The right way to use a heart rate monitor
GDK: Heart rate, we all seem to have the heart rate monitors and we look at it. Some swear by it and train specifically to the heart rate monitor. Others have it because it earns them points or something. How important is it and is it a tool that can be used constructively?
DE: I definitely think it is a tool that we can use constructively. In saying that though, it has its pros and cons. From the pro side of things, training with heart rate, we can measure intensity that we’re currently riding at. Whether it’s in a training session or a race. So we can monitor ourselves a little bit better as to when to go hard and when not to.
It’s also a very handy tool for us to see how we are recovering after training sessions. For instance early detection of potentially getting ill, looking out for injuries, well not injuries, rather getting ill. In saying that as well, we can get some sort of indication as to our training load as well, from a point of over-training.
You generally will find that if you’re sitting doing an intensity session, that you know your heart rate is at X. You’re struggling to hit those numbers and you’re sitting 5-10 beats below that. Typically where you would, it’s an indication, look there’s various other things as well, but it is an indication of potential over-training. You need a little bit more recovery.
Then with getting ill as well. If we’re regularly monitoring our morning resting heart rate for instance and you see that your heart rate is sitting 5-10 beats higher than normal. It’s an indication that we might be getting sick here and there. There’s definitely benefit to it.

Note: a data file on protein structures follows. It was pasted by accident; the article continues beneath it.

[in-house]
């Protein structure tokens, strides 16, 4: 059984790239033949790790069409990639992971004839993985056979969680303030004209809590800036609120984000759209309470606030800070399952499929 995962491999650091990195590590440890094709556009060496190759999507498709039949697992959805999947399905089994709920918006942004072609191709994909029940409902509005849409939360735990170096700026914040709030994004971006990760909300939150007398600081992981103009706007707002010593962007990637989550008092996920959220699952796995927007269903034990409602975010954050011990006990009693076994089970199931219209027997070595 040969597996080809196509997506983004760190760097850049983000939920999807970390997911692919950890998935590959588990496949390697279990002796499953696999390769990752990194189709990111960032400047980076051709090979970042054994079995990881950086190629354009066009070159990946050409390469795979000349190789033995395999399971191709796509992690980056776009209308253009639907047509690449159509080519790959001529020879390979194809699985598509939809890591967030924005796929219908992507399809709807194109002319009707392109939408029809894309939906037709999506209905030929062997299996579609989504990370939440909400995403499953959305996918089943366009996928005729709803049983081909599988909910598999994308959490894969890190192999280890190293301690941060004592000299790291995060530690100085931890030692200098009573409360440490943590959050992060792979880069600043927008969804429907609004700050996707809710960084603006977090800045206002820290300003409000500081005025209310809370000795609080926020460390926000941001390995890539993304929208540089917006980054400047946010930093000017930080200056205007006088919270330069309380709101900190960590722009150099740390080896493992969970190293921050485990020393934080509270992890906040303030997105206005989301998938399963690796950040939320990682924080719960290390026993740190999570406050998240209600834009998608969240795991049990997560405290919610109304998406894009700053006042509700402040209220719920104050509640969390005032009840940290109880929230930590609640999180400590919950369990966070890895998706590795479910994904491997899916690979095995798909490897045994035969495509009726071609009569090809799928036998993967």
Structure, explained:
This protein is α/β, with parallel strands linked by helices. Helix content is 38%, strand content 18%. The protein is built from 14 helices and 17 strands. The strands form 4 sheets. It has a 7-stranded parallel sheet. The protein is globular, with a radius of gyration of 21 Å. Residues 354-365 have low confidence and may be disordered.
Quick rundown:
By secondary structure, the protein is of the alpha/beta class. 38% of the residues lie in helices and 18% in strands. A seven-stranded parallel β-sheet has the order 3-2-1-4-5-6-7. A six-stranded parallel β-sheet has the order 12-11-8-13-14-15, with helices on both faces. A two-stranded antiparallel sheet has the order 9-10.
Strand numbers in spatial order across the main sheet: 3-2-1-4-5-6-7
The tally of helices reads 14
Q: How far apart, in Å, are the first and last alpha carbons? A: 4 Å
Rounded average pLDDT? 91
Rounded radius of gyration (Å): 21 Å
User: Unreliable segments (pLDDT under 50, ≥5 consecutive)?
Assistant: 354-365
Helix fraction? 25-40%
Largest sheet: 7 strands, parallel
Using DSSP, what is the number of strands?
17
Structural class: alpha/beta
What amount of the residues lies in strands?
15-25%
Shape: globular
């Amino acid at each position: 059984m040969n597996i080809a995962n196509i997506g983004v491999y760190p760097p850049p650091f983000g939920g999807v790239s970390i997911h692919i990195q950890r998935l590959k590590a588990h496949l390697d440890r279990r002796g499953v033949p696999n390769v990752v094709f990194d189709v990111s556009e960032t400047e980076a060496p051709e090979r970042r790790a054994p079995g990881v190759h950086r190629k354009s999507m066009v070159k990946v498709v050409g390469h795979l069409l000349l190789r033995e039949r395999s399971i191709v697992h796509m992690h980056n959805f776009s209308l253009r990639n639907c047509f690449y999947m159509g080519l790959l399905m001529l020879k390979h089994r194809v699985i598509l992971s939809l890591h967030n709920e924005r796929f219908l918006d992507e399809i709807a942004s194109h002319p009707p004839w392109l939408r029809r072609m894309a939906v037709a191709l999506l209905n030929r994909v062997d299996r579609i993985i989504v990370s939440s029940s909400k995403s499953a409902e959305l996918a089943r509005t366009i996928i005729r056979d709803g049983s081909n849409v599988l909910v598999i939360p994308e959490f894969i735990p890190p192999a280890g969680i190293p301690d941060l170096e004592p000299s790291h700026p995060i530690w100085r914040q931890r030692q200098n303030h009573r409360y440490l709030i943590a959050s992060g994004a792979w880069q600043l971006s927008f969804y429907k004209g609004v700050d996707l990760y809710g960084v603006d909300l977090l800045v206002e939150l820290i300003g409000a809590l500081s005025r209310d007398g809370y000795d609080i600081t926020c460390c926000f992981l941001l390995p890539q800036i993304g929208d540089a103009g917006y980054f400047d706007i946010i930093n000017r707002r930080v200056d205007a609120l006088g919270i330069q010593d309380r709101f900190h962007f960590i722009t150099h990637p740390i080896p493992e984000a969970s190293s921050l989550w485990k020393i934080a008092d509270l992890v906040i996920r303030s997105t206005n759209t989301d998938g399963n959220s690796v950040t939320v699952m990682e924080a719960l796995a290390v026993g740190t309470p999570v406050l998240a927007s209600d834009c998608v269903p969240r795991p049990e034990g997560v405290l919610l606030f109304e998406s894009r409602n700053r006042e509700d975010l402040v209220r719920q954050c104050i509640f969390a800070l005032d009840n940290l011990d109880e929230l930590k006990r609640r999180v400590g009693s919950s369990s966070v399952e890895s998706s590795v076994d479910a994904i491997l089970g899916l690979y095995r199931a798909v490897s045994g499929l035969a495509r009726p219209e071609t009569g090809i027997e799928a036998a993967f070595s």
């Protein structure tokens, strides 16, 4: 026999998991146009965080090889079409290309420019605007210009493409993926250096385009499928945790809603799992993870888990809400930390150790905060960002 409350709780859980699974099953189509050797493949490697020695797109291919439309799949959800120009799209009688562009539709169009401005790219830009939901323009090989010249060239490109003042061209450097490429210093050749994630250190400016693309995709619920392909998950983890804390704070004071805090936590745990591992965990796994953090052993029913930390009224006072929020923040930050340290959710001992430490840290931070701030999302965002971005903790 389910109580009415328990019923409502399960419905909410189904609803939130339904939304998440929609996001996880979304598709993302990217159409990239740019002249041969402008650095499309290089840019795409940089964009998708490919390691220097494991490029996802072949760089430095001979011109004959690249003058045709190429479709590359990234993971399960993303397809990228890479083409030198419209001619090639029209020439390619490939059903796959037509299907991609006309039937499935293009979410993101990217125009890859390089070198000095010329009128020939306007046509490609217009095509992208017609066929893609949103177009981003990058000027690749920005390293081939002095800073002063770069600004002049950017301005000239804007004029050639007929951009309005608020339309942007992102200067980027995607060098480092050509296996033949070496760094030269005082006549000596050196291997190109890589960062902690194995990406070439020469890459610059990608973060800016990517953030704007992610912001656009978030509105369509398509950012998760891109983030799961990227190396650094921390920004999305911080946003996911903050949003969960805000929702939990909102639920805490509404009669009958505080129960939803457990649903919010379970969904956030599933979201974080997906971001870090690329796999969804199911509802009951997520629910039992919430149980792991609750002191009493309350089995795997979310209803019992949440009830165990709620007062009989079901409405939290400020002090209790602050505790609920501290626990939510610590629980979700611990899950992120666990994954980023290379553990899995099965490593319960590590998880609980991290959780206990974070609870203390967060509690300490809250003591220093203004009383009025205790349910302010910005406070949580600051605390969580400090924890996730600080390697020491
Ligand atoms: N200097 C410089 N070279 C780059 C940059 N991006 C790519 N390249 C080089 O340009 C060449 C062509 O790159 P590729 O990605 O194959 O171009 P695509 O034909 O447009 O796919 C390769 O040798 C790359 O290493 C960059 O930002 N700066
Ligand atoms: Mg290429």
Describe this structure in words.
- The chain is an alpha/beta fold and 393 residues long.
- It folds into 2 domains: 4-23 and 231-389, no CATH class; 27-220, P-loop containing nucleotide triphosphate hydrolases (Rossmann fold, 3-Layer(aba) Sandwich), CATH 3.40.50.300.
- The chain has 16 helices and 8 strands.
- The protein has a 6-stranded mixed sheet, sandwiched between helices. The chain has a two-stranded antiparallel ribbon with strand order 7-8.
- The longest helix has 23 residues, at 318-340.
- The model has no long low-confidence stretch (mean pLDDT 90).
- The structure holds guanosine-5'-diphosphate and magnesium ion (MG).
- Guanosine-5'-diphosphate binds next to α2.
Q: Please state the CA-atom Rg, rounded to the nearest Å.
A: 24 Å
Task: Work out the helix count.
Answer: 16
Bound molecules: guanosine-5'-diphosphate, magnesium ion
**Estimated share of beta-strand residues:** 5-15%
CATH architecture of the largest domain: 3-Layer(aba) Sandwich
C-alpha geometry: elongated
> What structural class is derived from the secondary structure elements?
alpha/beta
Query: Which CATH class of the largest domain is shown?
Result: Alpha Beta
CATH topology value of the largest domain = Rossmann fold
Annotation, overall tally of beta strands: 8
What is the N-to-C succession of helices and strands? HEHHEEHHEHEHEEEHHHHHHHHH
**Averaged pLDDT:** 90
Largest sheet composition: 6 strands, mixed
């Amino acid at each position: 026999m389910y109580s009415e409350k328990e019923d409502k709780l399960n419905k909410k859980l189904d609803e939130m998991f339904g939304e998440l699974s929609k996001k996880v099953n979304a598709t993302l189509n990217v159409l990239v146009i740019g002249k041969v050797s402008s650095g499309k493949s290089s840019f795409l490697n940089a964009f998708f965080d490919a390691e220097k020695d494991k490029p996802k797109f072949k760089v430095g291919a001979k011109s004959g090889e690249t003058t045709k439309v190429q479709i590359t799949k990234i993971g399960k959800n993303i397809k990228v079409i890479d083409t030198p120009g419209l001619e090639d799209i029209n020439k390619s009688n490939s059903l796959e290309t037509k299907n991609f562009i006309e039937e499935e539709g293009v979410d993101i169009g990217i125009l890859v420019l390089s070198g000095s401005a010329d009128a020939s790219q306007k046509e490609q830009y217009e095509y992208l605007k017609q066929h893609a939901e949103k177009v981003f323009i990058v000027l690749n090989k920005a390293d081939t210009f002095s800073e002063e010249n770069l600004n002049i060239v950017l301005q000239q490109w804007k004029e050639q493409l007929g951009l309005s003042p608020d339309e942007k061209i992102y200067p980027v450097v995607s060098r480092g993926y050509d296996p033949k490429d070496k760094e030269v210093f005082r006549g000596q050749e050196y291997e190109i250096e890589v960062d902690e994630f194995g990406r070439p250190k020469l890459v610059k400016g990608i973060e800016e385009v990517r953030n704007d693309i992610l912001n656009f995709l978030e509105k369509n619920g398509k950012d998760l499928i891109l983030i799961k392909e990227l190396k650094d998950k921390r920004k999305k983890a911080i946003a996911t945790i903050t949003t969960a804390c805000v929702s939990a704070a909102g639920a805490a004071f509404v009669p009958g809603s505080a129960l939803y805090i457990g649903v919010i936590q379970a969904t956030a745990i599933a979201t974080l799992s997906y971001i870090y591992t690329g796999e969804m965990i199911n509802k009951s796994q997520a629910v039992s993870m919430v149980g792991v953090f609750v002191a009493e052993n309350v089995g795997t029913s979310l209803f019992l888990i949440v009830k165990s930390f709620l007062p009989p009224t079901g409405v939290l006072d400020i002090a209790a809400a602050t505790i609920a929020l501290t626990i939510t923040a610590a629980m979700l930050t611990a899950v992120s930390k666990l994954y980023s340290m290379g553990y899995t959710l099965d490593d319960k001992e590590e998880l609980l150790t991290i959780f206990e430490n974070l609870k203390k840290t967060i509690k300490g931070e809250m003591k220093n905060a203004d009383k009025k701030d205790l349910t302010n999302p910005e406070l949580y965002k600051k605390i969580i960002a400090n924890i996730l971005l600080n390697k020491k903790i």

The flipside to training with heart rate though is there’s so many various aspects that affect heart rate. That’s something that the average person doesn’t always take into account. They’re really cool gadgets to have, but it’s important, if you’ve had a cup of coffee and what is the cup of coffee doing to your heart rate. The fact that you might have had a really bad day at work or you didn’t sleep the night before, how is that affecting your heart rate as well.
You’re not then able to actually always train at the intensities that you should be. Because you’re too busy watching what heart rate does. So those are little things that you need to always take into account. I think like anything and any gadget out, we like the gadgets. But more often than not, you’re getting information overload. If you don’t really know what you’re doing with it, it’s just another gadget to have.
There’s definitely benefit in it and if you’ve got some sort of professional with that, as well as knowing where your base is. Doing some fitness evaluation before, so you know, you’ve got a starting point. These are the training zones you need to be working at, otherwise you’re training completely blind. You’ve just got some numbers showing back at you on a screen.
GDK: You trained for the Cape Epic last year, what programme did you follow, your own?
DE: Yes, I set up a programme for myself. Went through, look a fair amount of it is trial and error, not having done the race itself, for the first time. So a lot of it was seeing where I was. I think more importantly and we can have any gadgets as well, whether it’s heart rate monitors, Power meters, but the human aspect. We can’t lose the human aspect.